Many women will experience what is often called the \u201cbaby blues\u201d, mood changes during the 1st week or so after your baby is born, and which are thought to be due to the hormonal changes after delivery. “It was as if I had a siren above me, or ‘fake’ written on my forehead.\u00a0You might notice that you are emotional, irritable, anxious or feel low but these tend to go away after a few days on their own.\u00a0 I remember for each of my children, on about day 4, being overwhelmed with emotions about everything and being extremely tearful \u2013 and extremely relieved when, after a few days, although the fatigue kicked in hugely, my symptoms disappeared. My children were really picky eaters, and all of this made me think I didn’t know what I was doing.\nPersistent low mood and feelings of hopelessness. Postnatal depression affects about 1 in 10 women, and tends to start between about 2 and 8 weeks after delivery \u2013 but it can start as late as a year after birth. “I didn’t have any mum friends and I’d gone straight from working to being a stay-at-home mum.

Symptoms can include low mood, feeling sad and depressed, feeling of hopeless and feeling that you are worthless or a bad mother. You may not be able to find the pleasure in anything, feel that you can\u2019t manage or be very tearful. “Occasionally it comes back when we’re dealing with school issues, but I now have a network of friends who have also adopted and that has helped me gain some perspective.\u00a0 People often describe feeling extremely guilty about their feelings \u2013 especially if, for example if they feel unconnected to their baby.\nAnxiety and intrusive thoughts. “I sometimes felt as if there was a model parent out there, but I learned to lower my expectations, and understood that my children don’t know any different. Although I didn\u2019t have postnatal depression, I did have intrusive thoughts.

Whenever I walked down the stairs holding my eldest child, an intrusive and unwanted thought would come into my head and, in my mind\u2019s eye, I would see myself dropping him down the stairs, I would see him spreadeagled, unmoving on the floor and feel my heart race with fear. I know I will make mistakes and I have to forgive myself and not get het up. These intrusive thoughts can be extremely distressing and can have a significant impact on your ability to function and parent. You may have thoughts about hurting yourself or your baby. But I’ve learned that you just have to set your own standard.\n\n \nFlashback or distressing thoughts about your labour and birth. Post traumatic stress disorder can also be related to pregnancy, for example, if you have had a distressing time giving birth. One day you’ll fail, the next day you’ll feel less of a failure, and so on, until it normalises.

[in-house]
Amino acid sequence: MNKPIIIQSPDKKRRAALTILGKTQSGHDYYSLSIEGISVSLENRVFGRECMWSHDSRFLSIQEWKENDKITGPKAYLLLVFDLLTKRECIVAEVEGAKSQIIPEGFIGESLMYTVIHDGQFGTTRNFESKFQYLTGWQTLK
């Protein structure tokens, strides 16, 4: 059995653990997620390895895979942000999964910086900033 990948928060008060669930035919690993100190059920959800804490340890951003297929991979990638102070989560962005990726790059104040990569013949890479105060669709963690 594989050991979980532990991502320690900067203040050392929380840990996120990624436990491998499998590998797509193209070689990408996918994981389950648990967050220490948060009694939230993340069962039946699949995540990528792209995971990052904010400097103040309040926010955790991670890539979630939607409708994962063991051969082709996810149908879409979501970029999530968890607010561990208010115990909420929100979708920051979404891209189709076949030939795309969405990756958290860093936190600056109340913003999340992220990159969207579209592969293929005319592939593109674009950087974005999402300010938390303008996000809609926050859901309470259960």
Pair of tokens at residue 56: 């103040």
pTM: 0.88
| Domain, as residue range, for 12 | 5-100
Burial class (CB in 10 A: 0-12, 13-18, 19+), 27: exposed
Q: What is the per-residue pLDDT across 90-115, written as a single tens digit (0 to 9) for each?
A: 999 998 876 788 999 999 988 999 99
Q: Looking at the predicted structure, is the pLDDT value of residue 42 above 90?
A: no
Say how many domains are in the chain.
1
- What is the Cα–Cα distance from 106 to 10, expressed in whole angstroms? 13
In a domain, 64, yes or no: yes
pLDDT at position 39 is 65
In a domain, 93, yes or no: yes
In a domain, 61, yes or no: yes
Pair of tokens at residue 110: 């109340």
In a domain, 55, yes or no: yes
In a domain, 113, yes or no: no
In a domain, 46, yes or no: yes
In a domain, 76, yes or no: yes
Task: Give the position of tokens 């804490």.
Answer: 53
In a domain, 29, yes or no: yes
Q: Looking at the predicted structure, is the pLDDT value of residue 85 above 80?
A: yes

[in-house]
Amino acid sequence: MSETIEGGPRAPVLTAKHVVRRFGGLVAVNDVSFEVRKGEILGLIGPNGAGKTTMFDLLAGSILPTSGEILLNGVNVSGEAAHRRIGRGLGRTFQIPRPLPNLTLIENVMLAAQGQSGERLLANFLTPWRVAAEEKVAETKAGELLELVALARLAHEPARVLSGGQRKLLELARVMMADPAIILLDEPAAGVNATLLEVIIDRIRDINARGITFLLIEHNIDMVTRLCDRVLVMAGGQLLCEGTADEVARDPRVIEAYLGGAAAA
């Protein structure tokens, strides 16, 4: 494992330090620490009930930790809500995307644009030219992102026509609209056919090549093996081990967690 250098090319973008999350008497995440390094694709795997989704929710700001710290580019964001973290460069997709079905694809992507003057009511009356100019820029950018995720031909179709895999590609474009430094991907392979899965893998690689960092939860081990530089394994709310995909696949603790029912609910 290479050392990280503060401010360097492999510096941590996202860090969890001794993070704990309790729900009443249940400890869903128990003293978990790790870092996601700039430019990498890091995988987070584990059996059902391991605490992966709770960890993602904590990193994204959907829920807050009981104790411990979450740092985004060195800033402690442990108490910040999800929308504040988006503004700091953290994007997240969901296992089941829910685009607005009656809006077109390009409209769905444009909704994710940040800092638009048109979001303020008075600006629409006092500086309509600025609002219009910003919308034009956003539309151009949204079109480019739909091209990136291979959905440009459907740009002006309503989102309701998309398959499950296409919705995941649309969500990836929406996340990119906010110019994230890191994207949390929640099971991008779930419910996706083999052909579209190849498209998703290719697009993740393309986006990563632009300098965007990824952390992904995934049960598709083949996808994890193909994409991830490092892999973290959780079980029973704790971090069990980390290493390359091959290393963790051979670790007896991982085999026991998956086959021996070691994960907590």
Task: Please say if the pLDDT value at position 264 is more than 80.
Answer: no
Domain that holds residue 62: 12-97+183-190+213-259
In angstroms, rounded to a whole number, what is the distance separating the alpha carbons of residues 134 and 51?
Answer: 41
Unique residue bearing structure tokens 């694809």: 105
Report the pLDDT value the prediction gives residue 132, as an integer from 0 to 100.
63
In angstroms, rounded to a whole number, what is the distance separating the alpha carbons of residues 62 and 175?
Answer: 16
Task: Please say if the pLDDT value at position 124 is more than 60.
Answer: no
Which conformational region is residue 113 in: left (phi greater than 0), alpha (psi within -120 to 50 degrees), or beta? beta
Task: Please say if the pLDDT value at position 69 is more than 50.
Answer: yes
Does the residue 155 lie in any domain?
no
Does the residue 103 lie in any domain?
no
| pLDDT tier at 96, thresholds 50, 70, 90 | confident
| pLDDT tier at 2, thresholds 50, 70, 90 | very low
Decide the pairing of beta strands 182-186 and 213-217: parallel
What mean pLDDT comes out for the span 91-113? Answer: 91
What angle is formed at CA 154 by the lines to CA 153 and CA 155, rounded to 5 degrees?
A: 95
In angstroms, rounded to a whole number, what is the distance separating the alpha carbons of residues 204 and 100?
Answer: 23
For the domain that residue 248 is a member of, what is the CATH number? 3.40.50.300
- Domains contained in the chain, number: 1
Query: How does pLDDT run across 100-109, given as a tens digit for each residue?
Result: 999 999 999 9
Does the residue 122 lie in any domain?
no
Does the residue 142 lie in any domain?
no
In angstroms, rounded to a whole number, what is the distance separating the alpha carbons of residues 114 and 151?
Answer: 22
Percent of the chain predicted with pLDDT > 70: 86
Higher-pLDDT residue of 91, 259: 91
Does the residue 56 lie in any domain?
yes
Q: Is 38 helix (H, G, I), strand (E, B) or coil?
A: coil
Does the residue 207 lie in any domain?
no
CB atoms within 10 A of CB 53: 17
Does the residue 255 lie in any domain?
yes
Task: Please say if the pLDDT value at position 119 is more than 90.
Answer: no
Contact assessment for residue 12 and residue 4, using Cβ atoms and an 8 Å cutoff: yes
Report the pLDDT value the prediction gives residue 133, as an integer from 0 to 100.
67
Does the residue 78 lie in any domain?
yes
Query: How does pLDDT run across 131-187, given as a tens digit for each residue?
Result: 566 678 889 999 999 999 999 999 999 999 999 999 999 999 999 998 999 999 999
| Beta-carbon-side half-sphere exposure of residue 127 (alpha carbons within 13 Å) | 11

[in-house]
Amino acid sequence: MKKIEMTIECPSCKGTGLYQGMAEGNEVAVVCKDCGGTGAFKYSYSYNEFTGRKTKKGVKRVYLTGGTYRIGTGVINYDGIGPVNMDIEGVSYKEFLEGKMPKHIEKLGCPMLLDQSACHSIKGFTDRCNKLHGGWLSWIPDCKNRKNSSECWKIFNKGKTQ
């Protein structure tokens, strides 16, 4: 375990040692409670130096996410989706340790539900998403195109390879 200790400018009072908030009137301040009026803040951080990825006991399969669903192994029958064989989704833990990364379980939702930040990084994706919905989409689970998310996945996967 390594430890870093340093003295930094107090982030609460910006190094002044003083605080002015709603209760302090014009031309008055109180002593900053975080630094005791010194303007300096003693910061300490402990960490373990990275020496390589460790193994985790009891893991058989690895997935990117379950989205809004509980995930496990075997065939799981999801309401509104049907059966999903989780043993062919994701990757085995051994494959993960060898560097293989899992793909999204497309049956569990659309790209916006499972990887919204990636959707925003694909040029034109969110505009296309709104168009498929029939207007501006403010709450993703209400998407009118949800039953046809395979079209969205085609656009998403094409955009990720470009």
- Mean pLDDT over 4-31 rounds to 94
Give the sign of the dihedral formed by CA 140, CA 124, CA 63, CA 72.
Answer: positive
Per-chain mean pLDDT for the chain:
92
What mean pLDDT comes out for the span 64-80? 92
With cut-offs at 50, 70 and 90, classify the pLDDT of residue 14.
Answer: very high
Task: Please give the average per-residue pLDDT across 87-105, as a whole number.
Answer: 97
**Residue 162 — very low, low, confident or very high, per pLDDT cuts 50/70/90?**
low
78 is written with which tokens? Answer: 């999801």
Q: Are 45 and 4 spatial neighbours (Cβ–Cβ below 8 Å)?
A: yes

Here, there may be intrusive thoughts and flashbacks about the event, as well as nightmares and physical sensation of panic.\nHallucinations, delusions, extreme confusion. “I have two amazing kids who are teenagers, and I know they will forge their own lives, and I just want them to be happy. More rarely \u2013 in about 1 in 500 women \u2013 a condition called post-partum psychosis may occur. It tends to start within 2 weeks of delivery but often happens within a few days. It’s hard to imagine someone with so much parenting experience could feel as if she were a “fake” who could be found out – but, she says, social media often leaves her feeling that she is not good enough. Here, you may have hallucinations, delusions, feel paranoid or very confused.

You may not necessarily be aware of your own symptoms and often it is a partner or loved one who is concerned. “It’s so easy to scroll through perfect Facebook photos and Instagrammable moments and forget that a lot of it is smoke and mirrors. Post-partum psychosis is a medical emergency and needs treatment urgently.\n\n \nThere are treatments available \u2013 treatments that work, including psychological (talking) therapy as well as medications. Lucille with two of her children, Freja and Elijah.\u00a0 I see women every week who are struggling postnatally and thankfully, in my job I also get to see them as they get better with support.\n\n \n \n \n \n You are not alone.” Blair says this is something she has heard before.

You are not a failure. Asking for help is absolutely the bravest thing that you could ever do\n Dr Philippa Kaye, expert family GP and mum of 3\n \n \n \n\n\nOver the years, many women have told me of the voice in their head telling them that they are a failure or a bad mum for feeling low and that needing help would prove how bad a parent they are. “One of the things I advise is to try to limit social media, or complement it with face-to-face conversation with other parents.\nTo everyone out there who may have that voice in their head: the voice is wrong. Saying you are struggling and asking for help shows just how great a parent you are.” Lucille is a jewellery designer and lives with chronic pain owing to a medical condition.\n\n \nAbout our expert,\u00a0Dr Philippa Kaye\nDr Philippa Kaye\u00a0works as a GP in both NHS and private practice.

She attended Downing College, Cambridge, then took medical studies at Guy\u2019s, King\u2019s and St Thomas\u2019s medical schools in London, training\u00a0in paediatrics, gynaecology, care of the elderly, acute medicine, psychiatry and general practice. She is also home schooling her youngest because he is at risk of anaphylaxis.\u00a0Dr Philippa has also written a number of books, including ones on\u00a0child health, diabetes in childhood and adolescence. She is a mum of 3. People look at me in horror when I tell them this, but it works for us.\n\n\n \n Pics: Getty Images\nRead more:\nGetting your baby\u2019s jabs is more important now that ever, says our expert GP \u2013 and here\u2019s why\nSpots and rashes in babies and children \u2013 in pictures, with advice from our expert GP\u00a0\nBronchiolitis and RSV in babies: how to spot the symptoms\n\u00a0 .